Police investigation has revealed that negligence on part of drivers is the most common cause of road accidents in the country and laxity of laws, coupled with non-implementation of regulations, is doing little to deter rash drivers.
Over the last four weeks, 48 persons were killed in nine fatal road accidents outside the Kathmandu Valley. Seven of the fatal accidents resulted from drivers’ negligence. According to traffic police directorate, in the last nine months, 1,309 persons were killed in 9,950 accidents. “As many as 4,355 of them were caused by drivers’ negligence,” Nepal Police Spokesman SSP Ganesh KC told THT.
Similar is the situation in the Kathmandu Valley. In the last nine months, 109 persons were killed in 3,706 accidents in the Valley. Traffic DIG Keshav Adhikari said 3,184 accidents were caused by drivers’ negligence. “Of 4,770 accidents in the last fiscal, 80 per cent were because of driver’s negligence,” he added.
Department of Transport Management and traffic police claim negligent drivers are to blame for nearly 48 per cent of the accidents.
Sarad Adhikari, officiating director general at the DoTM, says lax laws are the main hurdle to control road accidents. “Authorities are aware of drivers’ negligence but can’t initiate proper action to minimise fatal accidents,” he said.
Police said driving under the influence, speeding, overloading, tailgating, driving on wrong side, taking illegal U-turns and sleeping while driving lead to most accidents.
Adhikari admitted that non-implementation of stricter laws that ensure punishment for violating the road safety rules was also not helping the cause.
Laxman Thapa, who drives Kathmandu-Biratnagar route night bus, is in favour of strong monitoring mechanism to implement road safety measures or to check the wrongdoings of drivers. “But in my eight years of long-route driving experience, no one from the traffic police or transport office thoroughly checked my bus,” he said. “Most of us feel no compulsion to comply with road safety regulations — be it the speed limit, seat capacity, change of drivers on long routes or ensuring licence for conductors.”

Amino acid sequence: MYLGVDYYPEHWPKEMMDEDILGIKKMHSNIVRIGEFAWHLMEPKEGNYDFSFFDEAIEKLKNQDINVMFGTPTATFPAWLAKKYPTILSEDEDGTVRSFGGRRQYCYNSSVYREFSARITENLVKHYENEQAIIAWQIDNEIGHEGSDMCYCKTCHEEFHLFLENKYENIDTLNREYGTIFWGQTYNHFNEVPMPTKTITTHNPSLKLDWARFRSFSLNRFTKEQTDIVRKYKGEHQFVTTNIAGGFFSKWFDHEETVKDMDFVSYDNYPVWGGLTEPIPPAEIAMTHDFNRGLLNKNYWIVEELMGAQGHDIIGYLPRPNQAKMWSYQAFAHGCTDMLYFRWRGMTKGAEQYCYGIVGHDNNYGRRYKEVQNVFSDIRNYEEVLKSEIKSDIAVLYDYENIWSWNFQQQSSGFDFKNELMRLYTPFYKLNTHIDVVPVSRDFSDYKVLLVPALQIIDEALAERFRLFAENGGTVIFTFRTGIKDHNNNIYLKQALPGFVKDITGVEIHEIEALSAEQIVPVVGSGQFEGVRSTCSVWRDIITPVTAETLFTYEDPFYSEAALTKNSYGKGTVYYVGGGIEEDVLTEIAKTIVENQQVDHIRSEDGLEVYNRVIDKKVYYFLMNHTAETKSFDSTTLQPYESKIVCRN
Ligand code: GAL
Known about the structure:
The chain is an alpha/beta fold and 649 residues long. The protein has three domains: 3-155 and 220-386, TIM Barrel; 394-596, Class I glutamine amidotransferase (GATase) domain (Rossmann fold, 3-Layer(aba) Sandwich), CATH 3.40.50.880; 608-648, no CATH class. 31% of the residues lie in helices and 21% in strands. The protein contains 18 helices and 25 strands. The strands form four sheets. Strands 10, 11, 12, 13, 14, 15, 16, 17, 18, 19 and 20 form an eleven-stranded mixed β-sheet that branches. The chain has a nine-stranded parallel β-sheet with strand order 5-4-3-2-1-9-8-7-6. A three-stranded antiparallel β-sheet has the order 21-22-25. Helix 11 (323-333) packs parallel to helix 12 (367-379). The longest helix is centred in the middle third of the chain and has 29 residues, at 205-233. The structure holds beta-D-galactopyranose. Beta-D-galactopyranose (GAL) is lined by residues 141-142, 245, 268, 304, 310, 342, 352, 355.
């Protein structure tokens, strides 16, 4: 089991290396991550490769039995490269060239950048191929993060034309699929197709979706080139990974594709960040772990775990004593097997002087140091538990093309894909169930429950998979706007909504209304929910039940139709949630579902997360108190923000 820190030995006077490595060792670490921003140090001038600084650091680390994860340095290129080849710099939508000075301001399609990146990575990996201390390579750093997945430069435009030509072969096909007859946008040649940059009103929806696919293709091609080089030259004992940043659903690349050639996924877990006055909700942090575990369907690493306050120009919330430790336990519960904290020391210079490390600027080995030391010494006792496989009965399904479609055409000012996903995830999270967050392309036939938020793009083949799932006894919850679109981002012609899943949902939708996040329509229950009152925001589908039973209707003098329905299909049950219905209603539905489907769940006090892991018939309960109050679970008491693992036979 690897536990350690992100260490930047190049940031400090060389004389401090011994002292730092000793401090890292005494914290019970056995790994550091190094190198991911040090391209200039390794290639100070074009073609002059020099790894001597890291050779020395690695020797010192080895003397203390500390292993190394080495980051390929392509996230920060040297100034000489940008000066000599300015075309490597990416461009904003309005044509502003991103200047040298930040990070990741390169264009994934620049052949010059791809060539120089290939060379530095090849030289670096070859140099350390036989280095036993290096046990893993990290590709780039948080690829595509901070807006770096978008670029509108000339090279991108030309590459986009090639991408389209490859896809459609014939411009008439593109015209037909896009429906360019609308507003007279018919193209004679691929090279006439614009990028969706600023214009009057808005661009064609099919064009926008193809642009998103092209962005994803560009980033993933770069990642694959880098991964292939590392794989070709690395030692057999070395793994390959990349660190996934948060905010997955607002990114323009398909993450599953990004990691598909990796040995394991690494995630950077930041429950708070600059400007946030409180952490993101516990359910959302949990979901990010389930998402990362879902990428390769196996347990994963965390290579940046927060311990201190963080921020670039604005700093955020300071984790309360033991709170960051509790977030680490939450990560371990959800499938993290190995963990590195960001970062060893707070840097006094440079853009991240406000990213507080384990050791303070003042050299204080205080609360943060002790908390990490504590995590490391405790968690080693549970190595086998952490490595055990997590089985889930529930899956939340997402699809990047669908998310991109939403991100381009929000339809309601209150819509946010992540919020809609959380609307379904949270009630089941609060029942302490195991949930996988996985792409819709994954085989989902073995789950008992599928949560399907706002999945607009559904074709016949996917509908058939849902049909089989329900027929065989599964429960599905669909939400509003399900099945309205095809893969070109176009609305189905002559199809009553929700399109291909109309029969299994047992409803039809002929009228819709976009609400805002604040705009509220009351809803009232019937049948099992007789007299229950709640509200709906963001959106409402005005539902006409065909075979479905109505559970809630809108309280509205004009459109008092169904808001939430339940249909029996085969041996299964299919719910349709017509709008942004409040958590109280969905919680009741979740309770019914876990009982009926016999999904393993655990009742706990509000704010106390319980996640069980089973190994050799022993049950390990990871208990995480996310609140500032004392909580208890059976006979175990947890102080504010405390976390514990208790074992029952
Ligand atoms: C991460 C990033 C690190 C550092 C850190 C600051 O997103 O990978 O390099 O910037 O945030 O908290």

A microbus driver of Kathmandu adds, “Once you pay fine to on-duty traffic cop for carrying passenger beyond the capacity of microbus, you can enjoy the freedom to do so throughout the day by producing the same receipt.”
“DoTM is planning to amend the existing rules and regulations and has asked the government to invest more on road safety,” Adhikari said.
• Vehicle and Transport Management Act fines only Rs 200 for overspeeding and Rs 1,000 for filling a passenger bus beyond its capacity
Rules not implemented
• Public vehicles are prohibited to carry passengers in excess of the number of seats specified in the registration certificate of that vehicle
• Long route passenger vehicles must have at least two drivers in the vehicle who should operate alternatively in shifts six hours